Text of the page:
The Glass is Always Half
Iris CF Gomes
On rare occasions you chance upon a personality who has the resilience and tenacity to make such a startling impact on you that you are forced to rethink your priorities and curb those pity parties you indulge in. Frederika Menezes is one such person. She amazes and stupefies you with her positivity in the face of what others would consider an incapacitating physical disability.
Frederika has cerebral palsy, and remains in a wheelchair for the most part but her mind is razor sharp. Her parents, Angela and Jose are retired GPs and dote on Frederika. In some families this condition may have been deemed burdensome but it was not so for Frederika. She asserts she was not treated as a person with a disability as a child. She says, ‘I wasn't aware of what I could do or be so I just enjoyed the attention. To be honest, I was never treated different. Not really.’
Her alma mater is People’s High School, Panaji. She stresses the fact she attended regular school as there is also the School for Appropriate Learning, which she never attended. Even in school, if people regarded her in a singular manner, she preferred to think of it as consideration rather than feel labelled in any way. She loved her books and disliked only two subjects, physical training and mathematics. Always popular for her cheerful nature, she had many friends throughout her school days and still maintains contact with some of them via texting, WhatsApp, Facebook, e-mails, etc.
Frederika’s entry into the literary world was due to a classwork project where students were told to write a poem on Goa. While the other students had bench partners, Frederika sat by herself, dictating her poem to her teacher who acted as her writer. She says, ‘This was 8th grade. I dictated and our English teacher wrote. We were both stunned.’ It took her just fifteen minutes to produce an impressive poem that set her on the path of becoming a writer. Her inspiration for her poems is her friends, family, nature, the multitude of human emotions and sometimes her favourite celebrities. She says, ‘A simple thought can get me writing...’ Her first book, a collection of poems entitled The Portrait, was published in 1998, two years after passing out of school. In 1999, a poem written by Frederika was included by the International Library of Poetry, Australia, in an anthology of poems called Fire in the Heart .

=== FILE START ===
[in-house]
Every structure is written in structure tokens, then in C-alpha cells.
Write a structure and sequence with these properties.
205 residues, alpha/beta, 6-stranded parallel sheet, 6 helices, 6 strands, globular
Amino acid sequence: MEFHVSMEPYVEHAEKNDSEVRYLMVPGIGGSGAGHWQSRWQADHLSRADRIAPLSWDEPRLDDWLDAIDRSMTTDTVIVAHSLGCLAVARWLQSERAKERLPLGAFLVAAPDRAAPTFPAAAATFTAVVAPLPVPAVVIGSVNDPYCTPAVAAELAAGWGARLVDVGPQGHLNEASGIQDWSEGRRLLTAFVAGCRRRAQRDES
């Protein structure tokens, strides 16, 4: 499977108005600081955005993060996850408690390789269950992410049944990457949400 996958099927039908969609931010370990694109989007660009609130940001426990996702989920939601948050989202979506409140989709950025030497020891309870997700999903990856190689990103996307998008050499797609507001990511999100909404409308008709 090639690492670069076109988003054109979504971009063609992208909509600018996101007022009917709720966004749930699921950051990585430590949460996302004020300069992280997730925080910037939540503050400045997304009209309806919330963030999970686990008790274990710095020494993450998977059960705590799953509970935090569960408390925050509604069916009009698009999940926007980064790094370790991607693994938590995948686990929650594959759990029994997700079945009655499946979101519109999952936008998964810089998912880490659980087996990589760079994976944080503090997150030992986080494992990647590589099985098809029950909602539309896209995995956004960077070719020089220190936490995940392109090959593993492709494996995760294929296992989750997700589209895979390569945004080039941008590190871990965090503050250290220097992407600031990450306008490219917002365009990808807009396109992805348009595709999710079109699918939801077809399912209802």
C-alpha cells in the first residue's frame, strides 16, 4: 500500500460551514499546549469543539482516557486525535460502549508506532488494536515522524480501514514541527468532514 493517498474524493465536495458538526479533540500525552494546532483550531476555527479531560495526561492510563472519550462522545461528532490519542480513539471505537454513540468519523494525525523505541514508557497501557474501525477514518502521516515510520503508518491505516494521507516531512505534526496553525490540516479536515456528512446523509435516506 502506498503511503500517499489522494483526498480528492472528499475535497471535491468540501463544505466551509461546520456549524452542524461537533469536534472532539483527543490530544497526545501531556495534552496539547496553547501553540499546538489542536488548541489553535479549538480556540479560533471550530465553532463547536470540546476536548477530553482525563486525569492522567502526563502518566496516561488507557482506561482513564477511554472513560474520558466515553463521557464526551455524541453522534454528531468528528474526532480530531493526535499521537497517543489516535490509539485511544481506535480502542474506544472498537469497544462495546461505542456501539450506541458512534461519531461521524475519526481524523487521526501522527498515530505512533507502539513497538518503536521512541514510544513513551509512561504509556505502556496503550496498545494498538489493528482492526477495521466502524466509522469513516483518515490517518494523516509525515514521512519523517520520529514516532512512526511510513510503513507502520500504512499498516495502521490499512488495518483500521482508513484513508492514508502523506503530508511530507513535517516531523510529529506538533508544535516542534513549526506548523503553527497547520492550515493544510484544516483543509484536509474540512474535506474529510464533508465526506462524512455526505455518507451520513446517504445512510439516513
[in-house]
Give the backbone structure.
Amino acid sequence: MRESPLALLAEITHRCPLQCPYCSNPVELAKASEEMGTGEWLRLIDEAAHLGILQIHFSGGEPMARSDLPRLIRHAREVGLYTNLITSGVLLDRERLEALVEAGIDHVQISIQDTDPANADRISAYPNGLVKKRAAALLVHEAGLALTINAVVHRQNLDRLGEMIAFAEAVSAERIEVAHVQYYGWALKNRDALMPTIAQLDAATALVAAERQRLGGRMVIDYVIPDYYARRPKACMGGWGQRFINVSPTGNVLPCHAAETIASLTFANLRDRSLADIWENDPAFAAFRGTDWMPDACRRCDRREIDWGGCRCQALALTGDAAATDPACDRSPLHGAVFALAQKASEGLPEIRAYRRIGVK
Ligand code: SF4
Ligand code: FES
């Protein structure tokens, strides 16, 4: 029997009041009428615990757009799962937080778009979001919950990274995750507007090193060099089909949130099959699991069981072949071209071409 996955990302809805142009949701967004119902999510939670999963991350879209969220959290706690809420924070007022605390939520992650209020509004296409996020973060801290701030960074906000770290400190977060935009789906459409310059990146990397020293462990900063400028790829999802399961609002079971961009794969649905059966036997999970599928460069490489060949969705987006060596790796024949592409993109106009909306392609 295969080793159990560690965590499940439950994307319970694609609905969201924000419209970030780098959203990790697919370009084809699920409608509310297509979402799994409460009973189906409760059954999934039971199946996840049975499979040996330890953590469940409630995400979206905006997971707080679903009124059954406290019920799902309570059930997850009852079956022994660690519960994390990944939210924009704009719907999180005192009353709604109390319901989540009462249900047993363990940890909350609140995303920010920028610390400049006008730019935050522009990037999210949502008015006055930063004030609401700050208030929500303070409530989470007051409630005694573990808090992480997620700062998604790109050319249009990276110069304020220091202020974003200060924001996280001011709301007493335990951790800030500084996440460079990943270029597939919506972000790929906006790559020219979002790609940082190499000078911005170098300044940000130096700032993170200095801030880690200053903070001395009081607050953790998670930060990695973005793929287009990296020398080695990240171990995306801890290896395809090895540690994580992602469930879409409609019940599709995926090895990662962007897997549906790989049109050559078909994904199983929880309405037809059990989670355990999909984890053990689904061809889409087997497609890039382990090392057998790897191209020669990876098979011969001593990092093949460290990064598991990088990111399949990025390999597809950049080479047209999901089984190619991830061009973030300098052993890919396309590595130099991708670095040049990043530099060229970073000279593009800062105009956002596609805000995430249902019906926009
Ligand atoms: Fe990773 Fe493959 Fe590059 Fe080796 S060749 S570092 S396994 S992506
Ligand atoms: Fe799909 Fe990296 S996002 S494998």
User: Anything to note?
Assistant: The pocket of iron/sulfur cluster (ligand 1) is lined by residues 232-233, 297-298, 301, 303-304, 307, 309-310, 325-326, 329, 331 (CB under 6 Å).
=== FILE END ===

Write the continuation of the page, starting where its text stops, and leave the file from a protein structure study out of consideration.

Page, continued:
An avid reader, Frederika’s love of fiction/fantasy and romance novels spurred her on to write in those genres. The Pepperns and Wars of the Mind was her first novel published in 2003. It is a fiction/fantasy novel for children. The story gives the message of how good humour and a smile can conquer the debilitating tentacles of negativity. Her most recent offering is two books that were released in May 2014. Stories in Rhyme is a book of verse for children and the novel Unforgotten is a love story based in the UK and Goa. Unforgotten takes us along the main protagonist’s tumultuous journey through love lost and found. Frederika is not resting on her laurels though, and already has another novel in the works.
A vehemently vocal advocate for the differently abled, Frederika says she find the attitude of most people towards them, ‘Seriously, mind bogglingly pathetic!’ Society needs to convert its attitude of seeing the differently abled as a burden to society into something constructive. She says there should be, ‘… a broader mindset, a willingness to accept and respect, include, and not segregate. After all, a challenged person is also human.’ She exhorts people to help bring about practical changes that will enable the differently abled to be more independent. She abhors the idea of pity being extended to physically challenged people by calling them ‘children of a lesser God’ and ‘disabled’. ‘Give me a chance because I deserve a chance. Not out of pity!’ she says.
At a talk called ‘Are We Normal’ she emphasised the baselessness of this idea of normalcy. We are all afflicted in some way or the other but it most cases it remains hidden. With the differently abled it is more obvious but it does not mean they are helpless or should be treated unlike the general population. She says, ‘It would be so boring if all were the same in looks, the way we think and our attitudes.’ She also criticised the lack of sensitivity when it came to facilities for the differently abled to help them move around without hindrance and enjoy the simple pleasures of life like watching a movie in the theatre seated in the upper seats.
Frederika’s perpetual optimism belies her statement that she has her days when she feels low too. Her antidote is to kick herself and tell herself off. ‘I also visualize the things, people and circumstances I want to be with, have and own,’ she says. Her positivity is catching as she says she sees herself achieving success in every area of her life. Her beautiful, smiling face is certainly an inspiration for us all.